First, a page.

Here on Treehugger there is no shortage on the scoop on alternative toilets for those among us who desire better poopers - nevertheless, not everyone is fortunate enough to have the luxury of choice. Right at this moment, the India Habitat Centre of New Delhi is playing host to the 7th World Toilet Summit from October 31 to November 3, with delegates from over 44 nations this year discussing how to provide affordable, environmentally friendly and basic access to sanitation for the estimated 2.5 billion people in the world who do not have access to a toilet, a number that the U.N. Millennium Development Goals hopes to cut in half by 2015.
With exhibits from abroad and locally, many manufacturers' products ranged from the colourful to the technologically imaginative. Bindeshwar Pathak, founder of the NGO Sulabh International — which has already provided 6,500 simple composting public toilets in India that converts waste into water, fertilizer and biogas — said that it is not a matter of technology only, but also of execution and government policy."To achieve the goals, what is essential is that technology needs to be urgently developed that is suitable and simple of implementation. Sewers or septic tanks are not the solutions. Doctors around the world now say that better sanitation and public hygiene are key for improving public health," says Pathak.
He also noted that sanitation technology should also adapt to regional needs, saying, "The technology best-suited to India is making manure out of human excreta. The waste is not flushed but stored till it turns into manure. Today, only 232 out of over 5000 towns have a sewage system in the country. So only government can adopt the right technology at the right scale if it acts."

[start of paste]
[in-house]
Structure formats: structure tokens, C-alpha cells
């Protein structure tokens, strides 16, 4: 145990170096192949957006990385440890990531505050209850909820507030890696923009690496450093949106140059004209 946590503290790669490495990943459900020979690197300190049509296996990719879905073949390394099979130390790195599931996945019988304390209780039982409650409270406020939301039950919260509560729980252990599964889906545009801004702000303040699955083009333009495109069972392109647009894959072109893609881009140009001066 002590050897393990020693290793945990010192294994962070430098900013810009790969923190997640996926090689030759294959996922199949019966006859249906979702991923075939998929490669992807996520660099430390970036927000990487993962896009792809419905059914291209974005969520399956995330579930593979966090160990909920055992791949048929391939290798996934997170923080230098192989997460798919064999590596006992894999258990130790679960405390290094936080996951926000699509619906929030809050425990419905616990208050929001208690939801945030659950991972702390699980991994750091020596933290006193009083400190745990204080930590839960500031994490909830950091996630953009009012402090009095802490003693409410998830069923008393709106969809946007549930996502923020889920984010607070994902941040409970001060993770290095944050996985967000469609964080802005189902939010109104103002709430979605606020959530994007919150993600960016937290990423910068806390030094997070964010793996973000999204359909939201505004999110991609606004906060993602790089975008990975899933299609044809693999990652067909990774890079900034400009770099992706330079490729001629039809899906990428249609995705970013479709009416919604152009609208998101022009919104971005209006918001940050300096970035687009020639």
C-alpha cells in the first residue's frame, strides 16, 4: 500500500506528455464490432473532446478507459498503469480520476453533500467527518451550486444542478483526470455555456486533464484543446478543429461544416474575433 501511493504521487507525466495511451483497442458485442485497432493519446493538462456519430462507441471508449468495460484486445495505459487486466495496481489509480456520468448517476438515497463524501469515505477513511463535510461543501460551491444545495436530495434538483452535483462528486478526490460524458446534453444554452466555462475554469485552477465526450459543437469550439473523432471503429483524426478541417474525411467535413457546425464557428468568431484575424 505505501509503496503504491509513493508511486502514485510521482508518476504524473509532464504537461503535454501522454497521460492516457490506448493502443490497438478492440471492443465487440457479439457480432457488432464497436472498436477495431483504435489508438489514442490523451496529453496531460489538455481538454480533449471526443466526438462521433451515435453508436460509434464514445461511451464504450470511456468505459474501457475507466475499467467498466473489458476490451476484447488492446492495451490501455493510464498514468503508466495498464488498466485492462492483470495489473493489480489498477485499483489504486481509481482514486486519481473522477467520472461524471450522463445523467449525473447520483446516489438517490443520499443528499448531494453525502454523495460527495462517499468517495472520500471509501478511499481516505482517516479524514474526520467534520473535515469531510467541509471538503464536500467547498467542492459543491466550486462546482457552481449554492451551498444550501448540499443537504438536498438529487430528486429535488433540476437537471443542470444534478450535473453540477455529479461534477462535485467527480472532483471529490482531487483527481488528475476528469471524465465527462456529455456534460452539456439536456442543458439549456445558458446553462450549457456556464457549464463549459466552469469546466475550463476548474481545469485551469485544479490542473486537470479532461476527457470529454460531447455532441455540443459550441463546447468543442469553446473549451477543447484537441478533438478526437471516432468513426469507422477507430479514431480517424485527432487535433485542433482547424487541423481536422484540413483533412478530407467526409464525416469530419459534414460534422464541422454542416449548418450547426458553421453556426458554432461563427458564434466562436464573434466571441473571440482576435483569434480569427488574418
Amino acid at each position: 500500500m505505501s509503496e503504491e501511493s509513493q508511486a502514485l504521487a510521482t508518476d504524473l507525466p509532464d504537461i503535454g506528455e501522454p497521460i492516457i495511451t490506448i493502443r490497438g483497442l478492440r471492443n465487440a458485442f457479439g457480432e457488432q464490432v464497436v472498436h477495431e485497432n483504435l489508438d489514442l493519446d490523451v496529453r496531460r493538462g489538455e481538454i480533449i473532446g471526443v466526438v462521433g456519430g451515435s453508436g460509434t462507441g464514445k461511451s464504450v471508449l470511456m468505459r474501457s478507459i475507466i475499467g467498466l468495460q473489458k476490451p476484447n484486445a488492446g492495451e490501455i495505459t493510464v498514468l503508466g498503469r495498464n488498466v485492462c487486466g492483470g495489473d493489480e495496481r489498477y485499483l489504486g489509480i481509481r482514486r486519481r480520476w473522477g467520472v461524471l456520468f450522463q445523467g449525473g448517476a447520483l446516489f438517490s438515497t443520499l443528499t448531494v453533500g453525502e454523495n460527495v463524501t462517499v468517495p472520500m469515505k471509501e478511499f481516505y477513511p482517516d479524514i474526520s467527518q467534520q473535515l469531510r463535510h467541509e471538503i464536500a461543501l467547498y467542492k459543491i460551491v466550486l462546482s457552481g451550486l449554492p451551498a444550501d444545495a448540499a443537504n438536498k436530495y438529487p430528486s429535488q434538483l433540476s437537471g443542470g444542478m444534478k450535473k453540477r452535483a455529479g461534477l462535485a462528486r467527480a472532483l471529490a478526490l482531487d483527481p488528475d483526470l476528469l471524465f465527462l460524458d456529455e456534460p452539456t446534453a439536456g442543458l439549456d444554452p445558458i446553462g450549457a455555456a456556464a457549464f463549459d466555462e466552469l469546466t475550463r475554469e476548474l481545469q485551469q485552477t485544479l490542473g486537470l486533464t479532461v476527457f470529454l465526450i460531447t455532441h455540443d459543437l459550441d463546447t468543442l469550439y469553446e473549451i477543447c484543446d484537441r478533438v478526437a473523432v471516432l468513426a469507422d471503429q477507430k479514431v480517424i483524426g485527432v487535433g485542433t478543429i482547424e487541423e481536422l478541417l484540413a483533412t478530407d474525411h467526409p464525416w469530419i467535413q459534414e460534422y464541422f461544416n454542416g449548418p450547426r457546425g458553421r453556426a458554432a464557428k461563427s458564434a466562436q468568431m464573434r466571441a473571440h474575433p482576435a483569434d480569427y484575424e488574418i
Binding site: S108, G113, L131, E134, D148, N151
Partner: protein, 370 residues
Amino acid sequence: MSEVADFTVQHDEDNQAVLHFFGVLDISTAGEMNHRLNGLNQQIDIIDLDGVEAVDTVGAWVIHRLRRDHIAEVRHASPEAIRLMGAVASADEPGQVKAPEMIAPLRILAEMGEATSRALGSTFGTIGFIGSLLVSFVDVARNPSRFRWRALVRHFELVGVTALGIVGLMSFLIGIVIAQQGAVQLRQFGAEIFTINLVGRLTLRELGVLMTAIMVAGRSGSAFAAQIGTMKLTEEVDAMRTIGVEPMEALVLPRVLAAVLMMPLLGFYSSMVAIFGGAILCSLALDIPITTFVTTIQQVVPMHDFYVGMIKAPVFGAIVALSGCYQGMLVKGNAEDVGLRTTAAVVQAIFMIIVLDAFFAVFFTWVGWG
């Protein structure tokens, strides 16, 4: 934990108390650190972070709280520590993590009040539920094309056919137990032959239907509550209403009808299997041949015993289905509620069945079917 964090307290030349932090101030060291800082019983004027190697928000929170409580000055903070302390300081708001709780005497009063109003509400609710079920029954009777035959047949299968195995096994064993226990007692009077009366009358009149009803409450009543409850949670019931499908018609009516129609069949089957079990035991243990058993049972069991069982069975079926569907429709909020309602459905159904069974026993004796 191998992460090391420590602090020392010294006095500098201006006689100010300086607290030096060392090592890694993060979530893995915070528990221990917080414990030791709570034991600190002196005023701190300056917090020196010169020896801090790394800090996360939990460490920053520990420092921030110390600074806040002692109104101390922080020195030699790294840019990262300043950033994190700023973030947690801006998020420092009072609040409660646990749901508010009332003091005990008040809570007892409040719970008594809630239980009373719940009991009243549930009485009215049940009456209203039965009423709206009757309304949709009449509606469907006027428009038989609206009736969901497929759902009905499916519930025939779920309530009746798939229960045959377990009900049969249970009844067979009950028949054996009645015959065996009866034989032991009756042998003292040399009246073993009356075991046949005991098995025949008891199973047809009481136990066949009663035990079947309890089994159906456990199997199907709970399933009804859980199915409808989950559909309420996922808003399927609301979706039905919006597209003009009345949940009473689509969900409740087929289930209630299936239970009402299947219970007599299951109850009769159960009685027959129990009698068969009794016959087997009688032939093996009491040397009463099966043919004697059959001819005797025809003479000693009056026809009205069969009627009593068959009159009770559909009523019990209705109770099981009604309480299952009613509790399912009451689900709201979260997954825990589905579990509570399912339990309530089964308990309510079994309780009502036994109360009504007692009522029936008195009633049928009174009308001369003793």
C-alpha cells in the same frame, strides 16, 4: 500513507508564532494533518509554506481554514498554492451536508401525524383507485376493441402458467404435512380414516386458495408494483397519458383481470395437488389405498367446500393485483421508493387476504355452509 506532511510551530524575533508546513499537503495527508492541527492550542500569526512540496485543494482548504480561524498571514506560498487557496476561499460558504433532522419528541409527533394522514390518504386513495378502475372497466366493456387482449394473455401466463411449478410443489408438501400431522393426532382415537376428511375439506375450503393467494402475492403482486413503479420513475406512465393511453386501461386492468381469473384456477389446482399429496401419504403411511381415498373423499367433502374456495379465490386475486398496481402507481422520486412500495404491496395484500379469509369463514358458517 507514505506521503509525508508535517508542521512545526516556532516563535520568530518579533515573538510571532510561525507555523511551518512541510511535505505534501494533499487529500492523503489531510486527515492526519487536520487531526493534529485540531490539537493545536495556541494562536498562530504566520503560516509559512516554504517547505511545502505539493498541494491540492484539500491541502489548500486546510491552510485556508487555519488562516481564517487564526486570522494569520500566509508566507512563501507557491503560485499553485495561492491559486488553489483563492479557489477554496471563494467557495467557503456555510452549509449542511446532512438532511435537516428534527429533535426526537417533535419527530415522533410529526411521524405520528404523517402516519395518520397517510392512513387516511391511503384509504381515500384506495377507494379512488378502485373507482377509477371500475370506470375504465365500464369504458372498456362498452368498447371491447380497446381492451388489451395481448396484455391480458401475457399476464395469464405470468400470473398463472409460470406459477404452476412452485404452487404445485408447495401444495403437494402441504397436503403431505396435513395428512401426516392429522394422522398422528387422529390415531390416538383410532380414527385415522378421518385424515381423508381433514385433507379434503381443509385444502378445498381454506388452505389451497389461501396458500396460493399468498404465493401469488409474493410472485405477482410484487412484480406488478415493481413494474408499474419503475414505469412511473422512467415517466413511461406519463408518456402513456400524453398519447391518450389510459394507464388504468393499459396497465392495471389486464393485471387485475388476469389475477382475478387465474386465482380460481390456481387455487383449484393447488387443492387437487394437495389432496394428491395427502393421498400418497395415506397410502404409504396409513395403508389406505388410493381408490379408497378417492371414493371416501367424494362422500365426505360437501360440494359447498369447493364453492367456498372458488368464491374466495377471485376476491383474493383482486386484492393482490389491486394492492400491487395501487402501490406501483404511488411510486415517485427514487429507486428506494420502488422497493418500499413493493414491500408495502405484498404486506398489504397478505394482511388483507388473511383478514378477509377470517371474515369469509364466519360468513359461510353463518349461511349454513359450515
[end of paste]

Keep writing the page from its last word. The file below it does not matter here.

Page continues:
In India alone, there are 700 million citizens without access to safe and clean toilets, while an estimated half a million of low-caste untouchables, or Dalits, scrape a living out of collecting and disposing of so-called "night soil" out of 10 million toilets daily. About 80% of these are women and they are forced to persist despite discrimination and a rarely-enforced law from 1993 forbidding this kind of scavenging.
National organizations such as Safai Karamchari Andolan (SKA) are working to eliminate manual scavenging in India by 2010 through rehabilitating and training scavengers for better work.
"This is an issue of dignity. But working in such nasty conditions, scavengers are also suffering from health problems," says Bezwada Wilson of SKA. "Because of the practice of the caste system in India, people have been forced to do such menial jobs. Focus should now be given on how to liberate scavengers from this."
Sharadah, a scavenger from a village just outside Delhi said, "I've grown old doing this dirty work. For the past 20 years I've been cleaning toilets because this is the only way I can feed my children. Everyone considers us dirty and stays away from us. If I was able to find another job, why would I do this?"
Image: "Progress has been made. WaterAid and other NGOs have developed methods to ensure more and more rural people are gaining access to safe, sustainable and affordable latrines." BBC, India's Sanitation Struggles